(Phys.org) —Milk cartons, plastic bags, car seats... the list of items made from petroleum extends far beyond fuel, increasing our reliance on limited fossil resources. That's why researchers in the Great Lakes Bioenergy Research Center (GLBRC) are developing "green" compounds that can be used to manufacture everyday products in addition to renewable replacements for oil and gasoline.
In the Department of Chemical and Biological Engineering, Steenbock Professor and Michel Boudart Professor James Dumesic leads research on developing such green chemicals from cellulosic—or non-food—plant materials like grasses, wood and crop residues. Dumesic and his team recently published a paper in Chemical Communications demonstrating a new, highly efficient process for converting biomass-derived feedstocks into linear alpha olefins (LAOs). The process is so commercially promising that the researchers have already filed a patent application with the Wisconsin Alumni Research Foundation (WARF).
While the term LAO may sound unfamiliar, it refers to the building blocks that form the chemical basis for a host of items that most of us use every day, like plastics, beauty products and detergents. "Our process produces the most valuable type of olefins from biomass, both in terms of product quality and market price," says Dong Wang, a graduate research assistant in the Dumesic lab and the paper's first author. "What's great about LAOs compared to other types of olefins is that they lend increased flexibility, strength or biodegradability to the products they are used to make."
U.S. demand for LAOs in 2007 was 3.4 million metric tons, and that figure is still on the rise. Existing LAO production technologies use petrochemicals as a starting material. The new process has demonstrated extraordinary advantages for both efficiency and sustainability. In addition to manufacturing bio-based chemicals, the Dumesic lab has already found its catalytic process could also be used to produce a green replacement for diesel fuel. "This paper is a step forward in laying the scientific foundation for producing renewable LAOs from biomass," says George Huber, a professor of chemical and biological engineering. "One of the key challenges of the 21st century is figuring our how we can end our dependence on petroleum oil. The chemical industry is completely dependent on petroleum as a feedstock to make chemicals, and companies are looking for alternatives due to rising oil prices and a desire to make the chemical industry greener. The Dumesic group's process will allow us to convert biomass into higher value commodity chemicals."
A unique feature of the new process is that it causes reaction compounds to separate out into layers, like an un-shaken salad dressing bottle, making it easy for researchers to extract the final product. In addition, the main catalyst used in the process is both inexpensive and non-toxic—a dual advantage when it comes to industrial chemical production.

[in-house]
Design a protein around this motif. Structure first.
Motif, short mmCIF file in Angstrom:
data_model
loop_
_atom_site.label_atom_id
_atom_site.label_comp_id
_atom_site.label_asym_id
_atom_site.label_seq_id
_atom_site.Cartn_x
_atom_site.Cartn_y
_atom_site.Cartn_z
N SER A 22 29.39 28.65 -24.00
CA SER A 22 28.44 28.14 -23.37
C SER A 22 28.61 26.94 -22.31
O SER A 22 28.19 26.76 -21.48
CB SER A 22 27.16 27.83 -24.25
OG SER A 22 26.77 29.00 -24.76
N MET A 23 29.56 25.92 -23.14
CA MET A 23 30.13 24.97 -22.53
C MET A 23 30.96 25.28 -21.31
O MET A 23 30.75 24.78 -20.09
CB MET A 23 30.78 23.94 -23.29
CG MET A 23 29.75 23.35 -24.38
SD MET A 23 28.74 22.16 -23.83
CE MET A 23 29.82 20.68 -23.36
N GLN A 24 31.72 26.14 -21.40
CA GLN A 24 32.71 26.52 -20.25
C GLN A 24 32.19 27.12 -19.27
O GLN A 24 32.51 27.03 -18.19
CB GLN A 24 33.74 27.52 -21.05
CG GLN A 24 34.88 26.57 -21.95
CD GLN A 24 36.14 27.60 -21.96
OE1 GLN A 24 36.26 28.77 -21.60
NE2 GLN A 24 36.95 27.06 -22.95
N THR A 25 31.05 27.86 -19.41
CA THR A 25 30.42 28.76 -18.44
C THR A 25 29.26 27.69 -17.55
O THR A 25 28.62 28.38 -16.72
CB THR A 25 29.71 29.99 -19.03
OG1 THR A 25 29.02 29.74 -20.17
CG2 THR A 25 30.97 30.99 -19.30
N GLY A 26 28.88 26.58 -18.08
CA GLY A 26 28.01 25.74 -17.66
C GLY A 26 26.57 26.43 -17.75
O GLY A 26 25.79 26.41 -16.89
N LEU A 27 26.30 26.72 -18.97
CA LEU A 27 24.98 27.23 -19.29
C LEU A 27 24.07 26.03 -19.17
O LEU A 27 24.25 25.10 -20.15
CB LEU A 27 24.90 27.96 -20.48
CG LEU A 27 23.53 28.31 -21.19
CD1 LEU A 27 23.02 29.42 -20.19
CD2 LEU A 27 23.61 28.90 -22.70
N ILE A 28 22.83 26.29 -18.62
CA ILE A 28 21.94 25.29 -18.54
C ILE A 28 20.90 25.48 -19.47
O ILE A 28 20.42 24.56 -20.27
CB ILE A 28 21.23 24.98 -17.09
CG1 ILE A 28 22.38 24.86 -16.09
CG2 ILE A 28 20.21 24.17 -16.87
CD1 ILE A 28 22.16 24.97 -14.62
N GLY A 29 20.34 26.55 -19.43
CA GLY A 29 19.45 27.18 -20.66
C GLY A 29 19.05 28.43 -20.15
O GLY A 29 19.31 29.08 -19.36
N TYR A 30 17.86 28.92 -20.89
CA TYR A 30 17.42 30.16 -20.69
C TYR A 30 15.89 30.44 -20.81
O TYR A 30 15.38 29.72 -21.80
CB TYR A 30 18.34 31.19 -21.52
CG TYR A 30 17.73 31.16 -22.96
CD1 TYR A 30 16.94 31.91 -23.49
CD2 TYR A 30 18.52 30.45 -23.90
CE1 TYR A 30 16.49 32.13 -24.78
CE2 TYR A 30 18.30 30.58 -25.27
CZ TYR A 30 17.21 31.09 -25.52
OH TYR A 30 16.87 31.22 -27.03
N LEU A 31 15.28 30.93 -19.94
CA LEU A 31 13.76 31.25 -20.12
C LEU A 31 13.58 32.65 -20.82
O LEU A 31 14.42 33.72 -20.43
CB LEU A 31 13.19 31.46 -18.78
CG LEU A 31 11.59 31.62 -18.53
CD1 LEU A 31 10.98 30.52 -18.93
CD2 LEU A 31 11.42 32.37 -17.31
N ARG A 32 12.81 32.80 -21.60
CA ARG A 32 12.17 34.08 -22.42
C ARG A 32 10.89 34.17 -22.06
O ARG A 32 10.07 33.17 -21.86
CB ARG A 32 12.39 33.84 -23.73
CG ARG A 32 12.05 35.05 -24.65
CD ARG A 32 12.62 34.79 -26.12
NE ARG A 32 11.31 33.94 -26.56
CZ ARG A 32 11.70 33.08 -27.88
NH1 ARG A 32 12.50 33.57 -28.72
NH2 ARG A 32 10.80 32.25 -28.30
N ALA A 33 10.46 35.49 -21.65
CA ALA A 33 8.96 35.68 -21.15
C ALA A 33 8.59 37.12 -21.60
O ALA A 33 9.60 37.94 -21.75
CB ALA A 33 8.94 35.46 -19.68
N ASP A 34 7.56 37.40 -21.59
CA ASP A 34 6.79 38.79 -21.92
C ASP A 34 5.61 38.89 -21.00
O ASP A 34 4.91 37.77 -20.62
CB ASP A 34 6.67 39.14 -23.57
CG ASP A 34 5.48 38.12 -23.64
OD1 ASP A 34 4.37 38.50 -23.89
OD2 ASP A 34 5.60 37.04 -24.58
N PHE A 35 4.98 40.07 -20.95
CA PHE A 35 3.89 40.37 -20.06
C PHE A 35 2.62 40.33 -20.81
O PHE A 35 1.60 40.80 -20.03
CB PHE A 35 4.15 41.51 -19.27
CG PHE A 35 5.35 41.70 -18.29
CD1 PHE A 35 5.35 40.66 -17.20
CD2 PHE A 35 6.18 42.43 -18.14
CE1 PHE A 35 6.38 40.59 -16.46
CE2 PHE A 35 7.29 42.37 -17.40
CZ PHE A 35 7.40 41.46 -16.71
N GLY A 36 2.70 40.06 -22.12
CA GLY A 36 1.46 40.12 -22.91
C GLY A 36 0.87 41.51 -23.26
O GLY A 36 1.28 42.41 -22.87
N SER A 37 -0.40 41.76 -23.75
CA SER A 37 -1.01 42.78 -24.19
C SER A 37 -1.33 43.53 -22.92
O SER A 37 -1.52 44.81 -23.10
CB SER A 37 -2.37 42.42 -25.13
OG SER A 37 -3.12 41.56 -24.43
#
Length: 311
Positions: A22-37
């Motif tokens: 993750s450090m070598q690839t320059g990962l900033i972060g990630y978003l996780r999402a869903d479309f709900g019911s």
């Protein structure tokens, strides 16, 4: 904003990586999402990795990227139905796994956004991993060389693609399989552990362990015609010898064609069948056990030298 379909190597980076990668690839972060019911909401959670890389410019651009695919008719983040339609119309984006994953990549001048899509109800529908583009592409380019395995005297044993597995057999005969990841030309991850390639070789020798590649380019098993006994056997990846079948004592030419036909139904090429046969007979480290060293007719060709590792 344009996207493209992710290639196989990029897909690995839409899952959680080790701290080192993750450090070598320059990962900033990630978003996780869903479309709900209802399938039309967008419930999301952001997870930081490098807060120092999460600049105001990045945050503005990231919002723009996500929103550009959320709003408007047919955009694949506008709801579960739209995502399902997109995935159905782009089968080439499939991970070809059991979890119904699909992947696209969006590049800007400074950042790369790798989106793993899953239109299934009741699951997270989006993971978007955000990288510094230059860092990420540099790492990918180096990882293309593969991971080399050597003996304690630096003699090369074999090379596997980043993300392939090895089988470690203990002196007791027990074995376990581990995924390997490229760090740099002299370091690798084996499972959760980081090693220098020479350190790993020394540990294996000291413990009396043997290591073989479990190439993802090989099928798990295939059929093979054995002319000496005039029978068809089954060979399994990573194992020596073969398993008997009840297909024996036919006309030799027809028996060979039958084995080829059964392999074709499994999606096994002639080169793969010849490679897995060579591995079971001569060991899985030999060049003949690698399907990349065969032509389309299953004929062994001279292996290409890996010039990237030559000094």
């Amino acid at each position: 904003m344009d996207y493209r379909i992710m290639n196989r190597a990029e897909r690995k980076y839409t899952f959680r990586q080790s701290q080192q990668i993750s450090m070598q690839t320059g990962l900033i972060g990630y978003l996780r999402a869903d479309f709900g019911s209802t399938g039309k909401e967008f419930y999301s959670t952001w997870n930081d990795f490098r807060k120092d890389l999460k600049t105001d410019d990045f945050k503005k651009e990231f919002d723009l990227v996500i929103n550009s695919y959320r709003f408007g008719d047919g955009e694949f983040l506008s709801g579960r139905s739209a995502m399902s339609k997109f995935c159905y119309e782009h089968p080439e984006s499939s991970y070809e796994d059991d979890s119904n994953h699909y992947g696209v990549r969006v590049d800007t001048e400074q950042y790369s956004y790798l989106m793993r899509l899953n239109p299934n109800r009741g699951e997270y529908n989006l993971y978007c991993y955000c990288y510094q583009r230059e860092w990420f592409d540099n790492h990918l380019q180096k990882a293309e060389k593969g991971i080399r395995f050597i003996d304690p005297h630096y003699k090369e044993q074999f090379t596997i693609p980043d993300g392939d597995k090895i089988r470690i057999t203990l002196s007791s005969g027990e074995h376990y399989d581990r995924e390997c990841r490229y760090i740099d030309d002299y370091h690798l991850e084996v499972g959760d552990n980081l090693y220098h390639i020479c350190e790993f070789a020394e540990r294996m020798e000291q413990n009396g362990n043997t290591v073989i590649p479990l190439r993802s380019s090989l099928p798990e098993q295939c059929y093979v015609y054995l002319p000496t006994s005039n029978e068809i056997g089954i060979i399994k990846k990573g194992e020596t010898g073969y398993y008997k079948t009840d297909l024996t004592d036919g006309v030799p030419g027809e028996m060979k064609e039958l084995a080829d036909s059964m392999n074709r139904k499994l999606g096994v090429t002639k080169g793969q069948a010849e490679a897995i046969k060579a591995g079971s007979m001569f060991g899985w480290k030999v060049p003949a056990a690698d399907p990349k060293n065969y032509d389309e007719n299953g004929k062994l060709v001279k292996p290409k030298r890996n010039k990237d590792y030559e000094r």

Sikander Hakim, a postdoctoral research associate with the National Science Foundation Engineering Research Center for Biorenewable Chemicals (CBiRC) and an author on the paper, says the new process could also enhance industrial efficiency by giving manufacturers the control they need to produce only the specific molecules they are interested in. "With traditional technologies, you cannot simply increase production of a single type of olefin that happens to be in high demand," says Hakim. "You must instead produce the entire spectrum of molecules, but then you are stuck with the less valuable fractions that must be disposed of—by selling them at a discounted price, for example."
While significant time and energy are usually required to separate out the desired molecules, the new process actually targets specific molecular fractions, allowing manufacturers to zero in on valuable LAO production. "This means that we are not trying to replace the existing technology," explains Hakim. "We are trying use our process in sync with the original technology so that we can make it more cost effective, while at the same time providing more market flexibility."
Integration with industry is just one form of synchronization on the horizon for the new process; the researchers also emphasize that one of the most exciting possibilities is for their research to create opportunities for collaboration between investigators of biological and chemical conversion technologies. "The idea is that synergy could be developed between biological and chemical routes to LAO production," says Hakim. "For example, biological science researchers could develop microbes—such as E. coli—with metabolic pathways that can process biomass into a form that we can convert to LAOs via chemical reactions."
With all of the complex molecules and long chemical names the process involves, it would be easy to assume that a huge reactor with many parts is required. But Wang points out that another advantage of the process is its simplicity—it is a one-step reaction that can be run continuously in a single, small reactor unit. "Market dynamics are changing all the time, so if I was a plant operator, I would want to install one of these reactor units in my plant so that when market demand for a certain type of LAO increases, I can start making that specific fraction," says Wang.
Before the process can be adopted by industry, further studies and economic analyses must be completed. The researchers are currently studying the process in more detail to better understand their catalyst's properties.
"The most important thing is that our feedstock is renewable, which is a critical advantage in the long run," says Wang, "but this research also has fundamental value for the scientific community in this area. We hope that our work will inspire other researchers in this field to develop improved catalysts to make this process even better."
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